Bulk-Ship Fleet Seen Expanding at Double the Pace of DemandMichelle Wiese Bockmann
The fleet of ships carrying minerals and grains will expand at double the pace of trade growth for a second year in 2013, worsening a supply-demand imbalance, according to Clarkson Plc.
Vessel supply will increase 8 percent as demand climbs 4 percent, Clarkson, the world’s biggest shipbroker, said today in a report. That equates to a surplus of 411 Panamax-sized vessels, more than last year’s 404, it said.
The Baltic Dry Index, a measure of costs to transport raw materials on ships, reached a 26-year low in 2012 in terms of its annual average. A glut of vessels outpaced slowing commodities demand, sending hire rates for the biggest carriers to levels below operating costs for most of last year, according to the London-based shipbroker.
“Supply pressure on the dry-bulk market is likely to remain considerable this year,” Clarkson said in the report. The overall fleet now numbers 9,490 vessels after swelling 10 percent last year as demand gained 5 percent, it said.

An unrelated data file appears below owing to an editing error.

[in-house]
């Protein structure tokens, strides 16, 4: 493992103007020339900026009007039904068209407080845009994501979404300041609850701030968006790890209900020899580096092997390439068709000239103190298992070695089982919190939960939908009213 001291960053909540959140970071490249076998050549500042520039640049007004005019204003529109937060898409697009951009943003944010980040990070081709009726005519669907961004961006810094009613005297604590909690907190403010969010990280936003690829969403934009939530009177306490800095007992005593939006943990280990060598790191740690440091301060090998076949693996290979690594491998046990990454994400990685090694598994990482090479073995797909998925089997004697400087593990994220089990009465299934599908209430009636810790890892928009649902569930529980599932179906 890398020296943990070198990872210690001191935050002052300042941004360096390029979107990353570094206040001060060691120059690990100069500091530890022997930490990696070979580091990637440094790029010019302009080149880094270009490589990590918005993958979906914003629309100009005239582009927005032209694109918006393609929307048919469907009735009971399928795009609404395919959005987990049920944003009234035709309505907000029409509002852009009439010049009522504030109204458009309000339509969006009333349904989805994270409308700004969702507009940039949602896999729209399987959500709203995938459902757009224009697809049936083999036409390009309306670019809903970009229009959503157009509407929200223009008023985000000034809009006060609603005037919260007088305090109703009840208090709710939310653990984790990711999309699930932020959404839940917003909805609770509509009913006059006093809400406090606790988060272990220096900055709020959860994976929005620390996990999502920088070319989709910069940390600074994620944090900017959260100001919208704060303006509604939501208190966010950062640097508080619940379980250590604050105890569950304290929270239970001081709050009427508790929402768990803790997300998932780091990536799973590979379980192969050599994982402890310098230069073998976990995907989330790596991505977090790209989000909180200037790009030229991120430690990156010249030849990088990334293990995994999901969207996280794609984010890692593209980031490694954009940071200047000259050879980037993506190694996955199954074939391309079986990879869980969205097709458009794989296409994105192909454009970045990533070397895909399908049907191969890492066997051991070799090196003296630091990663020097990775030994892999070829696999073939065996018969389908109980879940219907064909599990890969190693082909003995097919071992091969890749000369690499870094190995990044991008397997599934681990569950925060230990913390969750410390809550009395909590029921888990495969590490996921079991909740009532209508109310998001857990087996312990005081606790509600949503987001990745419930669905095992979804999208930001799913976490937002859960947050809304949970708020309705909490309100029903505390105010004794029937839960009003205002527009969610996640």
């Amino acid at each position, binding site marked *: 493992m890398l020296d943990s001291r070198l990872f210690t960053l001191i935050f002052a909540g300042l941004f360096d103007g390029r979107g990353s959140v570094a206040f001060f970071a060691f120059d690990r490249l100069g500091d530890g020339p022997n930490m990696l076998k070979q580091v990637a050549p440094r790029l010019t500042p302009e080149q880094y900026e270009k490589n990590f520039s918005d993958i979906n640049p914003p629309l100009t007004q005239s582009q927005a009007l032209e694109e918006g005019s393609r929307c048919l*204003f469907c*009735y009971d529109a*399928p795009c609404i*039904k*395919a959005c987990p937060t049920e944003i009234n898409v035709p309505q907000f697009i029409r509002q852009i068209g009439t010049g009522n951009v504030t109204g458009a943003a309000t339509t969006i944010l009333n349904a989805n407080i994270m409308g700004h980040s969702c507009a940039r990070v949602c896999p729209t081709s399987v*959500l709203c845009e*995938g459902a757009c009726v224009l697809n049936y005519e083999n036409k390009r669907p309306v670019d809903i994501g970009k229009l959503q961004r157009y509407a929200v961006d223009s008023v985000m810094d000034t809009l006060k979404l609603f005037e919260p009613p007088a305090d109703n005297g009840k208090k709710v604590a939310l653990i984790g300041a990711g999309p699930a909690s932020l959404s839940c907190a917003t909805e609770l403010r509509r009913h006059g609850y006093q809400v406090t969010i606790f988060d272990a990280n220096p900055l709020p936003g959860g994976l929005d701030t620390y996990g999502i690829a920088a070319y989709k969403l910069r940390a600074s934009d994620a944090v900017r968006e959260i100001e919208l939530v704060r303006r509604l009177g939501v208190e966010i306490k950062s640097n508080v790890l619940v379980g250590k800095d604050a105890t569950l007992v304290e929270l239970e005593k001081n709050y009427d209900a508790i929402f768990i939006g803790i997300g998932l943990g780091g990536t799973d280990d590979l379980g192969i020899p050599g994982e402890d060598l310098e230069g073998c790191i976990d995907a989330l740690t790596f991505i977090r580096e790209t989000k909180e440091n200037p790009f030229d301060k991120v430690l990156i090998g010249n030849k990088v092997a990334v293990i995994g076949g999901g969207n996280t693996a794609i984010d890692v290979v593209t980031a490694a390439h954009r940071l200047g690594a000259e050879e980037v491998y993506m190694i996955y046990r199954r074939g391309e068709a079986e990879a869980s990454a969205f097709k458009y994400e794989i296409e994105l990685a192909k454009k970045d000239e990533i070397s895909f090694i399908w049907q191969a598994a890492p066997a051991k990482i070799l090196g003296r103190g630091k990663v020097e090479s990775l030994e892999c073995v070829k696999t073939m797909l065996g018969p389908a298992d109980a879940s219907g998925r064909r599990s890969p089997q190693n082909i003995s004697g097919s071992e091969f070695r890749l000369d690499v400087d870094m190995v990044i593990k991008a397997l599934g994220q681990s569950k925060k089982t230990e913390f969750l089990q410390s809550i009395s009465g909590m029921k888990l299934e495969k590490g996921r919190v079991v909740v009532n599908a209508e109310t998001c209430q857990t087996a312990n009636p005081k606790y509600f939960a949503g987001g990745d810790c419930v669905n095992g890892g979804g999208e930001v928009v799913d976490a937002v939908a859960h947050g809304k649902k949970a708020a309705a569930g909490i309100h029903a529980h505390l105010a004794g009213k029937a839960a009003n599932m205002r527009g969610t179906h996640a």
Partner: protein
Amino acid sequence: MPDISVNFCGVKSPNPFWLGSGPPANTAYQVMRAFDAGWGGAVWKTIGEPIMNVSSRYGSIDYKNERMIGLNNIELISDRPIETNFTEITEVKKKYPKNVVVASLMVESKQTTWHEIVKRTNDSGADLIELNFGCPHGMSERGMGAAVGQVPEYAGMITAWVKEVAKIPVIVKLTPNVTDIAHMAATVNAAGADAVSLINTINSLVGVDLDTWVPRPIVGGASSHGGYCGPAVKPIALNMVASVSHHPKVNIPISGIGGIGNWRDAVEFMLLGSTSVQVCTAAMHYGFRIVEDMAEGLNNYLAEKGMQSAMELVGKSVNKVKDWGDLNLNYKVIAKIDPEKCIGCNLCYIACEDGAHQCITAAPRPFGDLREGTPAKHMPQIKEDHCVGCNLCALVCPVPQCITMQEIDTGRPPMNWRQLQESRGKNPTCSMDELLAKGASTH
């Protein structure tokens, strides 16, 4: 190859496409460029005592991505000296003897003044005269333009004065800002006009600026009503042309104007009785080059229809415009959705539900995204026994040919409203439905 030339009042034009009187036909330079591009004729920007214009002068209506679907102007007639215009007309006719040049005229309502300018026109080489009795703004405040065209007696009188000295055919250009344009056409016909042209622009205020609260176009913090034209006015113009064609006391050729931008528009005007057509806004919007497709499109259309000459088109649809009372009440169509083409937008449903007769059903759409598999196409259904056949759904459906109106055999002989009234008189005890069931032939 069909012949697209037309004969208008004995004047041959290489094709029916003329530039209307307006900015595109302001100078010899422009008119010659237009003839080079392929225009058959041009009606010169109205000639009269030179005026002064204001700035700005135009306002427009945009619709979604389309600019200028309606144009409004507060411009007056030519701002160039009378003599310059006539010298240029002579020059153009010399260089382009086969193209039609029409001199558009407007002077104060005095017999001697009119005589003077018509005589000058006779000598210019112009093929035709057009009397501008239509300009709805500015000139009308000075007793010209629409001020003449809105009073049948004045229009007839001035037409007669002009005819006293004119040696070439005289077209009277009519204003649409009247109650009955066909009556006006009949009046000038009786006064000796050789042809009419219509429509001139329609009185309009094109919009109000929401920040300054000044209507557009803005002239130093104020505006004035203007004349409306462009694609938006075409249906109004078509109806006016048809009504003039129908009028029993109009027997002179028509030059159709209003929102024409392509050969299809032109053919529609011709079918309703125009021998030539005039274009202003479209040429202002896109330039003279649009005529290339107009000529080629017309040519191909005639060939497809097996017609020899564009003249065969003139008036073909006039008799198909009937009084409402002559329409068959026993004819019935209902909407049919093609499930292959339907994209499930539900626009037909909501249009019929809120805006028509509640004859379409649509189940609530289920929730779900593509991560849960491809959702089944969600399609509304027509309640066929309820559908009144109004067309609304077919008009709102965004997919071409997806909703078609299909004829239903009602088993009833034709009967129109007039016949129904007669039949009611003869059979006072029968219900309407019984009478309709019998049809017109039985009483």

The index declined for a fourth day today, falling 1.2 percent to 798, figures from the London-based Baltic Exchange showed. Still, it’s up 14 percent this year after three drops in a row. Daily average hire costs for Capesize ships, the largest ore carriers, slid the most, retreating 3 percent to $7,922.
The Capesize supply-demand imbalance will be the narrowest “for several years,” Clarkson said. Fleet growth will slow to 7 percent as shipments of iron ore, comprising 28 percent of the estimated 4.2 billion metric tons of global dry-bulk trade, rise 6 percent, it said.
The shipbroker based its trade-growth estimate on a Panamax with a capacity of 65,000 deadweight tons carrying 55,000 metric-ton cargoes on seven trips annually. The vessels are the largest to navigate the Panama Canal. Panamax charter costs declined 0.7 percent to $5,690, the exchange’s data showed.
Rio Tinto Group and Fortescue Metals Group Ltd. will expand production capacity at Australian iron-ore mines by a combined 98 million tons by the end of this year, the report showed.
Daily hire rates for Supramax vessels declined 0.2 percent to $7,436 and Handysizes, the smallest ships tracked by the index, were 0.6 percent lower at $7,094.